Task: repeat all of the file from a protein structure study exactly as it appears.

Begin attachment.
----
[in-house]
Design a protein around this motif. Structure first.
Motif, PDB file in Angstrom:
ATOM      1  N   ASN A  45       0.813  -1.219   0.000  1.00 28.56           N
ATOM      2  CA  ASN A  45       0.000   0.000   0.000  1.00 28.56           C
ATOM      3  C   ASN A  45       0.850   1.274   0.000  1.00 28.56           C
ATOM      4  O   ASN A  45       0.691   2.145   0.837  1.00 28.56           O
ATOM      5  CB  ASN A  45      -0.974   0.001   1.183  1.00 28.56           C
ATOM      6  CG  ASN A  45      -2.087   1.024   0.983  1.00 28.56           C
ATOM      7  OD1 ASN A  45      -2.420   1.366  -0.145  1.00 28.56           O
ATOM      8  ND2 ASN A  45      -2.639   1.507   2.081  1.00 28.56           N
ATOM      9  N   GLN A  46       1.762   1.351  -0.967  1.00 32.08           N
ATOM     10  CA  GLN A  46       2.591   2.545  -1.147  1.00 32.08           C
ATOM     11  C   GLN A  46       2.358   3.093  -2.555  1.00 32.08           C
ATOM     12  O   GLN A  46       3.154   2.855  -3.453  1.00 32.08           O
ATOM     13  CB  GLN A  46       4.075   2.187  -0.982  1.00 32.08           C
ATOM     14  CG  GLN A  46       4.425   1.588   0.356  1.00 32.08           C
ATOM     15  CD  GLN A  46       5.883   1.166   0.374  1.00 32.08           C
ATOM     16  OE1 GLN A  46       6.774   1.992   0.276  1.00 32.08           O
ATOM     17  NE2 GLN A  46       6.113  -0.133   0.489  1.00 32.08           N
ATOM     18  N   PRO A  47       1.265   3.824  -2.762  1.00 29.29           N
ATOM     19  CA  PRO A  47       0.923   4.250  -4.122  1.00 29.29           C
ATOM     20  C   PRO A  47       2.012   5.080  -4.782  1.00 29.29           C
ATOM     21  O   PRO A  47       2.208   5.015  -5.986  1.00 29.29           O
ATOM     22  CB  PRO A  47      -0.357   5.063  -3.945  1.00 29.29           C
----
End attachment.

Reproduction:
[in-house]
Design a protein around this motif. Structure first.
Motif, PDB file in Angstrom:
ATOM      1  N   ASN A  45       0.813  -1.219   0.000  1.00 28.56           N
ATOM      2  CA  ASN A  45       0.000   0.000   0.000  1.00 28.56           C
ATOM      3  C   ASN A  45       0.850   1.274   0.000  1.00 28.56           C
ATOM      4  O   ASN A  45       0.691   2.145   0.837  1.00 28.56           O
ATOM      5  CB  ASN A  45      -0.974   0.001   1.183  1.00 28.56           C
ATOM      6  CG  ASN A  45      -2.087   1.024   0.983  1.00 28.56           C
ATOM      7  OD1 ASN A  45      -2.420   1.366  -0.145  1.00 28.56           O
ATOM      8  ND2 ASN A  45      -2.639   1.507   2.081  1.00 28.56           N
ATOM      9  N   GLN A  46       1.762   1.351  -0.967  1.00 32.08           N
ATOM     10  CA  GLN A  46       2.591   2.545  -1.147  1.00 32.08           C
ATOM     11  C   GLN A  46       2.358   3.093  -2.555  1.00 32.08           C
ATOM     12  O   GLN A  46       3.154   2.855  -3.453  1.00 32.08           O
ATOM     13  CB  GLN A  46       4.075   2.187  -0.982  1.00 32.08           C
ATOM     14  CG  GLN A  46       4.425   1.588   0.356  1.00 32.08           C
ATOM     15  CD  GLN A  46       5.883   1.166   0.374  1.00 32.08           C
ATOM     16  OE1 GLN A  46       6.774   1.992   0.276  1.00 32.08           O
ATOM     17  NE2 GLN A  46       6.113  -0.133   0.489  1.00 32.08           N
ATOM     18  N   PRO A  47       1.265   3.824  -2.762  1.00 29.29           N
ATOM     19  CA  PRO A  47       0.923   4.250  -4.122  1.00 29.29           C
ATOM     20  C   PRO A  47       2.012   5.080  -4.782  1.00 29.29           C
ATOM     21  O   PRO A  47       2.208   5.015  -5.986  1.00 29.29           O
ATOM     22  CB  PRO A  47      -0.357   5.063  -3.945  1.00 29.29           C